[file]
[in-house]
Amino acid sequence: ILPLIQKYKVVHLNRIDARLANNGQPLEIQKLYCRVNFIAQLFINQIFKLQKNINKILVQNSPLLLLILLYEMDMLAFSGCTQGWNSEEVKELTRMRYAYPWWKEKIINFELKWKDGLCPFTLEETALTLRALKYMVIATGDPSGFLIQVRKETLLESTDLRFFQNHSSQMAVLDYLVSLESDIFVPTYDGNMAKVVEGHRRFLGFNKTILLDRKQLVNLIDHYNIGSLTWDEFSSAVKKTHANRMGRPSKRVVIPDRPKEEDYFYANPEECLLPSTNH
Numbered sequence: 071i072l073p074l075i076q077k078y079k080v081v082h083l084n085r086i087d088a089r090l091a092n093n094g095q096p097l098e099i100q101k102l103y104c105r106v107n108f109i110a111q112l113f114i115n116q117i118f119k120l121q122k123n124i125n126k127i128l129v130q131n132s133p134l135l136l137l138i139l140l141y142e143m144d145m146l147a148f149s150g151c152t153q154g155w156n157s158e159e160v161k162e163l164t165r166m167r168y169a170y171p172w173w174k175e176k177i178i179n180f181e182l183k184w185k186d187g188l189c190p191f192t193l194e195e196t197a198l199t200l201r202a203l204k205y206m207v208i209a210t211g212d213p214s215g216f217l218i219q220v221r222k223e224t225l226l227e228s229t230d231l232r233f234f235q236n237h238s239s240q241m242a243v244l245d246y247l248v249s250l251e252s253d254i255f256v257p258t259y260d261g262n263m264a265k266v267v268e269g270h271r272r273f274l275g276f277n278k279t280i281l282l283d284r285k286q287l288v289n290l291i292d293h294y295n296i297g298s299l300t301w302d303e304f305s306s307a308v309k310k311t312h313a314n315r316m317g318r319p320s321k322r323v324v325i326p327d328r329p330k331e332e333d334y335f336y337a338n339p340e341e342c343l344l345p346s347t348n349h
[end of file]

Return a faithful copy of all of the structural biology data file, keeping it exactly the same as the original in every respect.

[in-house]
Amino acid sequence: ILPLIQKYKVVHLNRIDARLANNGQPLEIQKLYCRVNFIAQLFINQIFKLQKNINKILVQNSPLLLLILLYEMDMLAFSGCTQGWNSEEVKELTRMRYAYPWWKEKIINFELKWKDGLCPFTLEETALTLRALKYMVIATGDPSGFLIQVRKETLLESTDLRFFQNHSSQMAVLDYLVSLESDIFVPTYDGNMAKVVEGHRRFLGFNKTILLDRKQLVNLIDHYNIGSLTWDEFSSAVKKTHANRMGRPSKRVVIPDRPKEEDYFYANPEECLLPSTNH
Numbered sequence: 071i072l073p074l075i076q077k078y079k080v081v082h083l084n085r086i087d088a089r090l091a092n093n094g095q096p097l098e099i100q101k102l103y104c105r106v107n108f109i110a111q112l113f114i115n116q117i118f119k120l121q122k123n124i125n126k127i128l129v130q131n132s133p134l135l136l137l138i139l140l141y142e143m144d145m146l147a148f149s150g151c152t153q154g155w156n157s158e159e160v161k162e163l164t165r166m167r168y169a170y171p172w173w174k175e176k177i178i179n180f181e182l183k184w185k186d187g188l189c190p191f192t193l194e195e196t197a198l199t200l201r202a203l204k205y206m207v208i209a210t211g212d213p214s215g216f217l218i219q220v221r222k223e224t225l226l227e228s229t230d231l232r233f234f235q236n237h238s239s240q241m242a243v244l245d246y247l248v249s250l251e252s253d254i255f256v257p258t259y260d261g262n263m264a265k266v267v268e269g270h271r272r273f274l275g276f277n278k279t280i281l282l283d284r285k286q287l288v289n290l291i292d293h294y295n296i297g298s299l300t301w302d303e304f305s306s307a308v309k310k311t312h313a314n315r316m317g318r319p320s321k322r323v324v325i326p327d328r329p330k331e332e333d334y335f336y337a338n339p340e341e342c343l344l345p346s347t348n349h